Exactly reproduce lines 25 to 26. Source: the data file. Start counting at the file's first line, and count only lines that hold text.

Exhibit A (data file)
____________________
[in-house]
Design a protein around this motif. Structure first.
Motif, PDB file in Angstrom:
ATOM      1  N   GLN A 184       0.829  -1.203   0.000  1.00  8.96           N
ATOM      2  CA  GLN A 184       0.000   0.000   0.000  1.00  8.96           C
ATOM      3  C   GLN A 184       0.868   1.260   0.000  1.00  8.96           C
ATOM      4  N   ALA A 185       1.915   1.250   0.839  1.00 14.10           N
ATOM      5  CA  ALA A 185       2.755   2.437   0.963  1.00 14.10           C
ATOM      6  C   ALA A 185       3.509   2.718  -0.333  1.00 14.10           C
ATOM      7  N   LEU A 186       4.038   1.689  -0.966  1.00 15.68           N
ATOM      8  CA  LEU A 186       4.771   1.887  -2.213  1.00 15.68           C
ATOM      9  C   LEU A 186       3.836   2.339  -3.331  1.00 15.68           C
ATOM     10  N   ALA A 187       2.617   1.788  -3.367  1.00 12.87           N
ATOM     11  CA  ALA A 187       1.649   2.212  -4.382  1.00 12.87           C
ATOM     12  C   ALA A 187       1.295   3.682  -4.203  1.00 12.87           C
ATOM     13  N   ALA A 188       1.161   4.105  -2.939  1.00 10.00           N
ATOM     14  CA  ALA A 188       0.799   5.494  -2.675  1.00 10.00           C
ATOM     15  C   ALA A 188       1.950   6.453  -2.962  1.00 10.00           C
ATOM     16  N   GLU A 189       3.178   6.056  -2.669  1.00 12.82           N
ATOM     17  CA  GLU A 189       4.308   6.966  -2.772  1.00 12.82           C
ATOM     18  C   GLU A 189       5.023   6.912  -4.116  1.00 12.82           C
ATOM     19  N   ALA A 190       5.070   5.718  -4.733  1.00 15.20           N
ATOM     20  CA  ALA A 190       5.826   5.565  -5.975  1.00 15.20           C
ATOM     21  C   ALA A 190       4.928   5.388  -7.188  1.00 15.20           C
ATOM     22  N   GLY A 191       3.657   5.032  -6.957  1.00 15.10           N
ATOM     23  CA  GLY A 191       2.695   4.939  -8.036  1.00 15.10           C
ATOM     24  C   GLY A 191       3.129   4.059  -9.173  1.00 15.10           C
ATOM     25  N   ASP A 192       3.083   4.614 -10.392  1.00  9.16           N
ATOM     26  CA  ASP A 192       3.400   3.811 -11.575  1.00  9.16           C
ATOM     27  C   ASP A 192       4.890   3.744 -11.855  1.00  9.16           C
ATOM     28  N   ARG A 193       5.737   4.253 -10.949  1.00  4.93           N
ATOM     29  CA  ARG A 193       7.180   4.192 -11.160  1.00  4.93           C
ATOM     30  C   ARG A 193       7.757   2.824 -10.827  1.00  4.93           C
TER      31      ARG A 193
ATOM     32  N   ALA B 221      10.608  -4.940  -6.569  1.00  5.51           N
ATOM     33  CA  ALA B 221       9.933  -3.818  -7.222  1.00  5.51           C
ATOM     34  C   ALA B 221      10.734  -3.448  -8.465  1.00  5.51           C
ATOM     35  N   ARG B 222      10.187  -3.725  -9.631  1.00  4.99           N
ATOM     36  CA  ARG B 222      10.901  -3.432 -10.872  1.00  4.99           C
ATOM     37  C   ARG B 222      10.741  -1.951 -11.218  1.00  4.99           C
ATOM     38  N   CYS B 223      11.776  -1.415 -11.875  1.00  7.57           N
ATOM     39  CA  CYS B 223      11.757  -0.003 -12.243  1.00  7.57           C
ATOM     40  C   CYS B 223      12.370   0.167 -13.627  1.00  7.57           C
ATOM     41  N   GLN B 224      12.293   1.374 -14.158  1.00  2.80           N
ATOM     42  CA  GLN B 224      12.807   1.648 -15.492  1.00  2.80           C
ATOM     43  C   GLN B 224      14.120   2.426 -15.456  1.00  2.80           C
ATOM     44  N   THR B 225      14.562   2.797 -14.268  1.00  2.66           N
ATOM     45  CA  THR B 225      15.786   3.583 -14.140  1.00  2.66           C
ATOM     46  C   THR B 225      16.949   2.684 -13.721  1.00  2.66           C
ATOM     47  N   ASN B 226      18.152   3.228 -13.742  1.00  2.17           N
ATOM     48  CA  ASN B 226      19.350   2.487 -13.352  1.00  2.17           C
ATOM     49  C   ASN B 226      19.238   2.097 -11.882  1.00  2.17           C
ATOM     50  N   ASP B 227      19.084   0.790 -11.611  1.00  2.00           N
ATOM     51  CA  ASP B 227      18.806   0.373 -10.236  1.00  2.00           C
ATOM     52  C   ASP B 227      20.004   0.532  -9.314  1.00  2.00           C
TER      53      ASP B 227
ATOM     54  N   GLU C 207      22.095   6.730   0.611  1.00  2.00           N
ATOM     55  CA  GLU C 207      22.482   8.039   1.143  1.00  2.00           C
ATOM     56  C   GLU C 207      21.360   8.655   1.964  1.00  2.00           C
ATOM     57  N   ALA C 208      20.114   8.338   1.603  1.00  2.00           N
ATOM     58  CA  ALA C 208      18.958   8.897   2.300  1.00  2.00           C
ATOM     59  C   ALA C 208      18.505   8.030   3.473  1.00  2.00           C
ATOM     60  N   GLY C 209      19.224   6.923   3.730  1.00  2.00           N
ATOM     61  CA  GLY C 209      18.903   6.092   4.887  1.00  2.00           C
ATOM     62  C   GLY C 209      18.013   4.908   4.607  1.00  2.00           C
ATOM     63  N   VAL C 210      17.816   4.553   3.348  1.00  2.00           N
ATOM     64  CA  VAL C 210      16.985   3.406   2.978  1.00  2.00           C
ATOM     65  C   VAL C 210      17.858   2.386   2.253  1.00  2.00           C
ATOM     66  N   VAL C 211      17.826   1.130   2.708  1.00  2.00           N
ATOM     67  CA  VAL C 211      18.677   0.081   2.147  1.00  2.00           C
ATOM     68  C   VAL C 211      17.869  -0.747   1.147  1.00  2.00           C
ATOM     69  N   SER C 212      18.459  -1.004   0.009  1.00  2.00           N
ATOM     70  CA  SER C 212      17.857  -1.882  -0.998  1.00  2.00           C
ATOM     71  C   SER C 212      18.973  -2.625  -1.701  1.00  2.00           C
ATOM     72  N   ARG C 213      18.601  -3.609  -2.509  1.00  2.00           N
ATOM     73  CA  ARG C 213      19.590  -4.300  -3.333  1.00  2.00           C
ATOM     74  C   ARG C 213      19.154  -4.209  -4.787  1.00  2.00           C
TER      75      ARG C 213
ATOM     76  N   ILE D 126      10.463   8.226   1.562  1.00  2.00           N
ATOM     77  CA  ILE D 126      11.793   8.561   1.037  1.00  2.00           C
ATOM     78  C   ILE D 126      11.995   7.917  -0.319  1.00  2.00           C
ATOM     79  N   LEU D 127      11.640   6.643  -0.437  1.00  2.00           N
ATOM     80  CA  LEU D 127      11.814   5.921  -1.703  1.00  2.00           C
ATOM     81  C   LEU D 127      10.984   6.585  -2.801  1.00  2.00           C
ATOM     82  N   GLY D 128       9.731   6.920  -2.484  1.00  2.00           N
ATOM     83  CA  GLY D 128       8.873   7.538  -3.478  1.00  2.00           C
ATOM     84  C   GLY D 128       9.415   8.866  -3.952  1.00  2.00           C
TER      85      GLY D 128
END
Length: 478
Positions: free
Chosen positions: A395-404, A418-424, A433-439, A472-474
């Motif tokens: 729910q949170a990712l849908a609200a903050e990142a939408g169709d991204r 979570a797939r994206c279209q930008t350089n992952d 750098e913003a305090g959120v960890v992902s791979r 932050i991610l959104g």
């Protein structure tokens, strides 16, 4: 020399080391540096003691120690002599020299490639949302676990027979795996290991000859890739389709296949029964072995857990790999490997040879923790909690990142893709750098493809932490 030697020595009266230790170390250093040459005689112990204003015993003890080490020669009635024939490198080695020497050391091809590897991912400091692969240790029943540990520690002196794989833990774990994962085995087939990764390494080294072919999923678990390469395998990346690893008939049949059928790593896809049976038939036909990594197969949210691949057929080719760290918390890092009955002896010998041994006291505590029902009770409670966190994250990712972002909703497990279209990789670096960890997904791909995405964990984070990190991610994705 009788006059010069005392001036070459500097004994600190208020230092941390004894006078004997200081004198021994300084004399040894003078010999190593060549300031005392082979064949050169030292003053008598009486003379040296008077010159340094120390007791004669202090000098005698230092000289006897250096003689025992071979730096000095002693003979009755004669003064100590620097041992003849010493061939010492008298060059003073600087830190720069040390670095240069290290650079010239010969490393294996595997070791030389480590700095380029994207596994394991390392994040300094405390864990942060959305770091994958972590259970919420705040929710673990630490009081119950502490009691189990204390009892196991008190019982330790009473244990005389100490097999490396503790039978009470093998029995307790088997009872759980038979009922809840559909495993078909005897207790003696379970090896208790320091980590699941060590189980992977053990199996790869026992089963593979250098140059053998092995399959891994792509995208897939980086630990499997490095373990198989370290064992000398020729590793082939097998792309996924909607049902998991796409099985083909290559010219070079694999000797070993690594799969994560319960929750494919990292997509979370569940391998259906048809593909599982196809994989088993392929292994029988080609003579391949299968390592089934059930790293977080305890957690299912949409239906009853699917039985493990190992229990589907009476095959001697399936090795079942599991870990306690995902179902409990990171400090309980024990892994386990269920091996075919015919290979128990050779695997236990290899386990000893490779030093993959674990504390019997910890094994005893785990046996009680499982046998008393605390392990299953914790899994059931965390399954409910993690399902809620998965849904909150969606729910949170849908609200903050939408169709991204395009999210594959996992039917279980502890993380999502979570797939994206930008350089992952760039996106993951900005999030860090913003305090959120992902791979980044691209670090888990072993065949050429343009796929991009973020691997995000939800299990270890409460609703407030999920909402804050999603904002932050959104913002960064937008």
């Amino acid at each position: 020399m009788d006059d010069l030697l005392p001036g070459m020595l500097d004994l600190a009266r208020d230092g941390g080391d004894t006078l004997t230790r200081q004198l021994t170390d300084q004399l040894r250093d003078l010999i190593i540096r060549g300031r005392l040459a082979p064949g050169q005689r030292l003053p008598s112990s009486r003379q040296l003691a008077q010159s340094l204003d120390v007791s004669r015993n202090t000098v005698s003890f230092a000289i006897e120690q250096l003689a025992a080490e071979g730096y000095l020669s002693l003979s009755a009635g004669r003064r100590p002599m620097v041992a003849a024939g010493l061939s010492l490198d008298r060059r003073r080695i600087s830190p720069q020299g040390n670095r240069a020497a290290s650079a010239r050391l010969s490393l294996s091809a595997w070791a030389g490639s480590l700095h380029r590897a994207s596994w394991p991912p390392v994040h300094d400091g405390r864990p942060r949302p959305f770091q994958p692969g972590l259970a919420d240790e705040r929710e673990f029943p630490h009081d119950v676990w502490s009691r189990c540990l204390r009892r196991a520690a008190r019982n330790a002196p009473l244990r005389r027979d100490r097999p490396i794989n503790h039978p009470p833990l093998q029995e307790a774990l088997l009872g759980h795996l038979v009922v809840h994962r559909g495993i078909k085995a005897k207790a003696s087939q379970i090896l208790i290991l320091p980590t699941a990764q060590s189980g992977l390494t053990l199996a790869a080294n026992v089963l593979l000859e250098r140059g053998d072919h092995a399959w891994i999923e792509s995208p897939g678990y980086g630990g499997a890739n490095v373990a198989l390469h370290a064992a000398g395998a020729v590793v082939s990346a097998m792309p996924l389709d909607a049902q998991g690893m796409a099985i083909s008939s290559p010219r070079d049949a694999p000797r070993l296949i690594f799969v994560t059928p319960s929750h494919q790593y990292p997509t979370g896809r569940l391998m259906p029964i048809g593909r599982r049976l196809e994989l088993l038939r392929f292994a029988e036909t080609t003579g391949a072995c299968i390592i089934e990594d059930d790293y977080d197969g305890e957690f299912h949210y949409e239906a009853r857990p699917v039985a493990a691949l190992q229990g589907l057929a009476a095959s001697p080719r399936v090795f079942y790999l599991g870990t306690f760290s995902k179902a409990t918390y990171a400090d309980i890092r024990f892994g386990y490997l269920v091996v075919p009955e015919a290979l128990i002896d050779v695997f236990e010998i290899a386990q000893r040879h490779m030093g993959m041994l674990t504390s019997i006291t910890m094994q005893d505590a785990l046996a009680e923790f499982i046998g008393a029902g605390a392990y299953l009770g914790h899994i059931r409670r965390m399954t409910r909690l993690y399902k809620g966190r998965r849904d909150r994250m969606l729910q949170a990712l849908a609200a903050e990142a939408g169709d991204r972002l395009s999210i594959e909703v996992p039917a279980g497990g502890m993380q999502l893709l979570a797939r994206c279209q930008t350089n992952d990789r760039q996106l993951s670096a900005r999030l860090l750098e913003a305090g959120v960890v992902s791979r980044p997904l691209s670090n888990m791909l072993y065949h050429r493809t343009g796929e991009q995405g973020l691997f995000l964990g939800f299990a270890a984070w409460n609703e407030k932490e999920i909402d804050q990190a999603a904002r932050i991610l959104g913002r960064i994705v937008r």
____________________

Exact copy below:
ATOM     22  N   GLY A 191       3.657   5.032  -6.957  1.00 15.10           N
ATOM     23  CA  GLY A 191       2.695   4.939  -8.036  1.00 15.10           C